Saturday, May 1, 2010

The Flea Market And Charles

Posted by Jeffery W. Turner, member (thanks to Ruby Johnson for her assistance).

Sometimes I've met a person by accident who affected me in a way that was large even though what was done was small in the big scheme of things. Charles, at the Will Rogers Flea Market, was one such person whom I still remember. He was a good and kind man who did something he did not have to do. Driven by the death of someone he deeply loved, he made others happy by a small act of kindness. The memory of this is something I have preserved in my writing. 

The Will Rogers flea market was one of those “good old places” in Fort Worth that you and I visited many times. Well, good for you since going through the seemingly endless rows of junk was never my favorite thing to do. But you liked it and we combined that activity with lunch or going to the Flying Saucer for a beer or two on our way home.

Walking down the aisles of the livestock barn where the flea market is located, one sees a strange array of things such as old household goods, collectibles, and trash better off at the dump. But occasionally there is a shining jewel among the mostly dull and useless refuse. One such treasure was meeting Charles and buying his dead wife’s cherished beading supplies. It was a stroke of good fortune since the beading supplies had value, especially the real turquoise pieces, which he sold to you for pennies on the dollar. And it was a wonderful event too since Charles was a good man and pleasant to be around each time we went to Will Rogers.

Certainly he was kind by giving us such a good deal on what was left of his wife’s earthly treasures. But what struck me most about him was how he remembered his wife. Like a lot of people he had been married to his wife for many years and was shaken by her death. You could tell he missed her deeply and at the same time carried himself upright through life tending to his daughter and grandson who he also dearly loved. And ,if I remember correctly, he said he had a slowly progressing terminal disease as well. But even with these hard things in his life he always had a good outlook on things and was friendly every time we saw him.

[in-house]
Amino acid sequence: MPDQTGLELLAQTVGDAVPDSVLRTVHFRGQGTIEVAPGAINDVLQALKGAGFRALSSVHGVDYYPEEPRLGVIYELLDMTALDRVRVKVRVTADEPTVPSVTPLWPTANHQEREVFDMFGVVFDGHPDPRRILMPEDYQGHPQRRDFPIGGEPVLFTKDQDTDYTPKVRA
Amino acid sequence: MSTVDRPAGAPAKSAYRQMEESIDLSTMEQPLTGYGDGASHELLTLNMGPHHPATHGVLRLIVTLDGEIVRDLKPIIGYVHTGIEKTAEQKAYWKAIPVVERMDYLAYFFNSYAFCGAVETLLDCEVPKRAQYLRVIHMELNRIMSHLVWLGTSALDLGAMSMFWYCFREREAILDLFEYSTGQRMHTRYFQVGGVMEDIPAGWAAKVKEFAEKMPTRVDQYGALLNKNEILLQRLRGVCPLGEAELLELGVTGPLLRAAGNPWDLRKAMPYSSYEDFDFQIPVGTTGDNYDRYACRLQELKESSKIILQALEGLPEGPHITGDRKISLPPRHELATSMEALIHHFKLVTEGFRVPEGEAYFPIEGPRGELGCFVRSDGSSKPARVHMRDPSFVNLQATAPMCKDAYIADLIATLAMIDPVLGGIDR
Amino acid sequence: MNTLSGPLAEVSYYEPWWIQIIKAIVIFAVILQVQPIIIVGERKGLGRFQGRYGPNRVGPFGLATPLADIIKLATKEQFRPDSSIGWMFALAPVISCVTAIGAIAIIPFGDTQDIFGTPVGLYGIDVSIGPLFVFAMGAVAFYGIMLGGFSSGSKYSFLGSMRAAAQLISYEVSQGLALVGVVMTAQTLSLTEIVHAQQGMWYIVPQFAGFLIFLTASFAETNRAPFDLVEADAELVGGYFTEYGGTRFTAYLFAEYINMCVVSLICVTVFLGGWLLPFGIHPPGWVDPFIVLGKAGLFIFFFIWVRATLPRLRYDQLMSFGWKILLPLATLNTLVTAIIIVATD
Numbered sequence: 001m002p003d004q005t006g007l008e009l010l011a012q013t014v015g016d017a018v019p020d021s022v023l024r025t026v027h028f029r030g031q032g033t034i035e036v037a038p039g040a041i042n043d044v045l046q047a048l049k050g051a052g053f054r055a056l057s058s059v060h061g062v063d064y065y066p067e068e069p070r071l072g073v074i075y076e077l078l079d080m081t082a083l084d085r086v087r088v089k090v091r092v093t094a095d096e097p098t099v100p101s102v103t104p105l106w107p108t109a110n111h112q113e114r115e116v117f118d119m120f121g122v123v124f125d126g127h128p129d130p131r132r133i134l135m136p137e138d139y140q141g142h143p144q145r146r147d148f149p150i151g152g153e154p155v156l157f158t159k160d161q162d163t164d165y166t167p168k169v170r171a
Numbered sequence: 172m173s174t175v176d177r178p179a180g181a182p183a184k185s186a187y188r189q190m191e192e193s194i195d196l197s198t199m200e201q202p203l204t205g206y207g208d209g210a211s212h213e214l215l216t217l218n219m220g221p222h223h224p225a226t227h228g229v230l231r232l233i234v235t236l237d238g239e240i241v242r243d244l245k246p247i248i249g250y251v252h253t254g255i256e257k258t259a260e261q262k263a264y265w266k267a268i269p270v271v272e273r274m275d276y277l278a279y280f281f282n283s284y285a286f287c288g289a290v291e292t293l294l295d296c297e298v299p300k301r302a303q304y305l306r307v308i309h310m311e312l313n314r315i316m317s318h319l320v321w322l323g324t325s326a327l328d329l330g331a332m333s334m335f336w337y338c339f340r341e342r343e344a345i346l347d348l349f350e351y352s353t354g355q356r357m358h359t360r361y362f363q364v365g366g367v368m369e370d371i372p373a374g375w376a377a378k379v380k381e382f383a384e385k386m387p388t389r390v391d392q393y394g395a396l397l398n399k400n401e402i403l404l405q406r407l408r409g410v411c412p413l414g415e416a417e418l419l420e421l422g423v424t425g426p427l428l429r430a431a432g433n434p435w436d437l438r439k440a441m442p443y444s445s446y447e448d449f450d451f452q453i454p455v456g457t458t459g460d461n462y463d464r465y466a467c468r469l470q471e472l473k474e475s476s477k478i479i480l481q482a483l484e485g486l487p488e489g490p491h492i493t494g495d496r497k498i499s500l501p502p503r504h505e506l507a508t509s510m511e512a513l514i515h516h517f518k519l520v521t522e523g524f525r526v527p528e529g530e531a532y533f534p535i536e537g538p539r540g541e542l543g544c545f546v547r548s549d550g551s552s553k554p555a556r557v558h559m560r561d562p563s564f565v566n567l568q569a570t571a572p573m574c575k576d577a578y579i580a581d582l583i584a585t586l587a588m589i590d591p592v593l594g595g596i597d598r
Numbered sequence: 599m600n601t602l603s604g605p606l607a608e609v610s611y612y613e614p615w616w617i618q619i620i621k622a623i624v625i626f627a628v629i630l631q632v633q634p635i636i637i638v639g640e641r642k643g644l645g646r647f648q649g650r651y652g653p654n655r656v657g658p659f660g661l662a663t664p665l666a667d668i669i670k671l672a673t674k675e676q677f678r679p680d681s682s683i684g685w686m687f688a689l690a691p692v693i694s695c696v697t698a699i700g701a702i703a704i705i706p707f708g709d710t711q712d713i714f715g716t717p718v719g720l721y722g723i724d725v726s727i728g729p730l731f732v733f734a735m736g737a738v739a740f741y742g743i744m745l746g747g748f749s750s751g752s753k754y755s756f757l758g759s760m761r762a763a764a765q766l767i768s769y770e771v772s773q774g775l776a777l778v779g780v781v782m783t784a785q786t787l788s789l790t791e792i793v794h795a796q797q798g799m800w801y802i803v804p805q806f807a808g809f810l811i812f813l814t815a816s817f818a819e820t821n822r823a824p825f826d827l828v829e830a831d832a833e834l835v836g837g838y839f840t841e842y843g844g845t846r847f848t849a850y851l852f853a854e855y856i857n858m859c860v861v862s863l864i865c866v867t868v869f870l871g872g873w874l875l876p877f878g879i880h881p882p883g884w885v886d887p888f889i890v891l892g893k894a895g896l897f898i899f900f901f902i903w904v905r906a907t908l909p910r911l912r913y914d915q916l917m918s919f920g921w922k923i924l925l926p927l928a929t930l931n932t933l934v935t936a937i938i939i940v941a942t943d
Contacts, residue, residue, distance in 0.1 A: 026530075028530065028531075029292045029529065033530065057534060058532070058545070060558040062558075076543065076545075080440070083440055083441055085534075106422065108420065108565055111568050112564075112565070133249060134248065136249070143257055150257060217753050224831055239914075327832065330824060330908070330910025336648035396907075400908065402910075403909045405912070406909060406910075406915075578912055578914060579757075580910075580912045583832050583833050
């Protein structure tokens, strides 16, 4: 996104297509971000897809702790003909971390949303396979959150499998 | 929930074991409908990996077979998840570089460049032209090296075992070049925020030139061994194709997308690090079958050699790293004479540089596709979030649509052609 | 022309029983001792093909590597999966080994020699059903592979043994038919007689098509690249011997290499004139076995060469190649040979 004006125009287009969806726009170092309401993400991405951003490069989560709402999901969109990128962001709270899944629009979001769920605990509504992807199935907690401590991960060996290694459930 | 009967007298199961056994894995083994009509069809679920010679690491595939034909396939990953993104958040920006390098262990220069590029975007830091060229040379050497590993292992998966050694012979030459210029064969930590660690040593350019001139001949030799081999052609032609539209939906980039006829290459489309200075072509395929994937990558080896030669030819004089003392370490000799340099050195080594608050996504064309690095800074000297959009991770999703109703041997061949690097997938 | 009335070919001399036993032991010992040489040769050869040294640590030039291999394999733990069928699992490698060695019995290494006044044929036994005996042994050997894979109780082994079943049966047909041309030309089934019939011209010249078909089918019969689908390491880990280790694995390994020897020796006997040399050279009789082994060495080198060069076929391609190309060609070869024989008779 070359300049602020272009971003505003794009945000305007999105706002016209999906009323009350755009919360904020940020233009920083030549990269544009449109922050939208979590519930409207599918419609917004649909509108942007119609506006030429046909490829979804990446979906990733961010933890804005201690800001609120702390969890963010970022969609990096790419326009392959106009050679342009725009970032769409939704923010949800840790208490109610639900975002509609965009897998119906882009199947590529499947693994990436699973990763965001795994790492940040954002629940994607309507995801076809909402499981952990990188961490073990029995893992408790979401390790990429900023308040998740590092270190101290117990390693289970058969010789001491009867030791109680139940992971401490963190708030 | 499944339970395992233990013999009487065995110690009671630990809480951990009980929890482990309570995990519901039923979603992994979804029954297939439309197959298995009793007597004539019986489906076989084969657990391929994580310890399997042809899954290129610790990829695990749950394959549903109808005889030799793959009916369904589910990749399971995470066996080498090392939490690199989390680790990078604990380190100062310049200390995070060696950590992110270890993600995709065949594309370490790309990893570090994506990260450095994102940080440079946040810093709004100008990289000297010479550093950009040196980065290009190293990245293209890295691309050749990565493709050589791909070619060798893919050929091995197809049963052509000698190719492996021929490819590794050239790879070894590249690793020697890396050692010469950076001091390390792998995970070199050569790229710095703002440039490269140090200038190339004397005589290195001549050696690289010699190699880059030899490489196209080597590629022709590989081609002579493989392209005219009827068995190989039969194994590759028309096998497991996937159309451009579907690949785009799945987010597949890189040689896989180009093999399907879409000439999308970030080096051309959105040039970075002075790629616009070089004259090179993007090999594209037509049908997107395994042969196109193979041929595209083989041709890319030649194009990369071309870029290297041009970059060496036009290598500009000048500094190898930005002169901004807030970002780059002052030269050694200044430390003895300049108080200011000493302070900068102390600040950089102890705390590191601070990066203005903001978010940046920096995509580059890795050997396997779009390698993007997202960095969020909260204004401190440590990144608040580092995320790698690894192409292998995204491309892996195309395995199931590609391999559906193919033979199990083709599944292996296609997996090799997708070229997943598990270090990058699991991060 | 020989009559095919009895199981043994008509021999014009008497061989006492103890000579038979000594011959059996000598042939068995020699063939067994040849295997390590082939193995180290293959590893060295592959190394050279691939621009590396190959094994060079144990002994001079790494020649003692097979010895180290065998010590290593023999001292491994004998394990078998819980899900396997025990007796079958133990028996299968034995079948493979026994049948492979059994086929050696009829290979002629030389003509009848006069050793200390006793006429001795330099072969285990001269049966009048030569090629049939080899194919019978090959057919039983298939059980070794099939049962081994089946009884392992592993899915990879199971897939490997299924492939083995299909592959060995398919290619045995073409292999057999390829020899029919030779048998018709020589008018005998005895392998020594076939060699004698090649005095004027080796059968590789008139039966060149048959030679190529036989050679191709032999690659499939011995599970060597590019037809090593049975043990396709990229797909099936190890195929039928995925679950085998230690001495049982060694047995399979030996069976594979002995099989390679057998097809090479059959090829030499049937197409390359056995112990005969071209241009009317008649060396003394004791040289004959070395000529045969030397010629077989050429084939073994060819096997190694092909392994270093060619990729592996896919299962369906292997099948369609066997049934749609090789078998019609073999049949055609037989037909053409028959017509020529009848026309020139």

His kindness to us, two people he hardly knew and owed nothing, was an exception compared to some in that flea market who tried to sell you junk or outright cheat you. Selling his wife’s beads was also as much an act of remembering her as it was selling goods he no longer needed to keep. He said he hoped you would enjoy the beads as much as his wife had. He seemed happy to see the excitement in your eyes as you beheld the riches in your hands just as he could still see his beloved wife doing.

The many pieces of jewelry you made did give you pleasure. You made your fellow teachers guess where you got them. You never told how you made the sets of earrings and bracelets or the story behind what you crafted and wore. You see, by using her beads you honored Charles and his wife. Your work with those little trinkets and stones made her live on just as she did in Charles’s mind. So when you strung one of those beads you did it in honor of his wife whom he still deeply loved and also in honor of the good man he was.

You can now see that Charles made an impression on us in more than one way. Seeing him was always a pleasure but it was something we took for granted. We thought he would always be there just like the old livestock barns at Will Rogers endured and never seemed to change. But one day he left, his market stall was no more. He moved to Houston with his daughter, departing from the flea market and our lives. We wanted to contact him, thanking him once more, but he left no forwarding address with anyone there and was gone.

Indeed he departed but like the memories of his wife, whom he loved and longed for so, the memory of him is still inside me. It makes me smile, feel a little sad, and wish him well each time it appears. Hopefully one day we will be remembered the same way by people we were kind to just as Charles from the flea market is now by me.

I hope this story touched your heart just as Charles touched mine.  This small note will be part of my next book “Notes To Stephanie: Days Remembered.”


Ruby Johnson said...

It's nice to read a post about rembembering kindness, since there seems to be such a lack of civility and courtesy among people today. Thanks for posting.

Claire said...

What a beautiful way of looking at life. I echo Ruby about civility and coutesy. Thanks for sharing.

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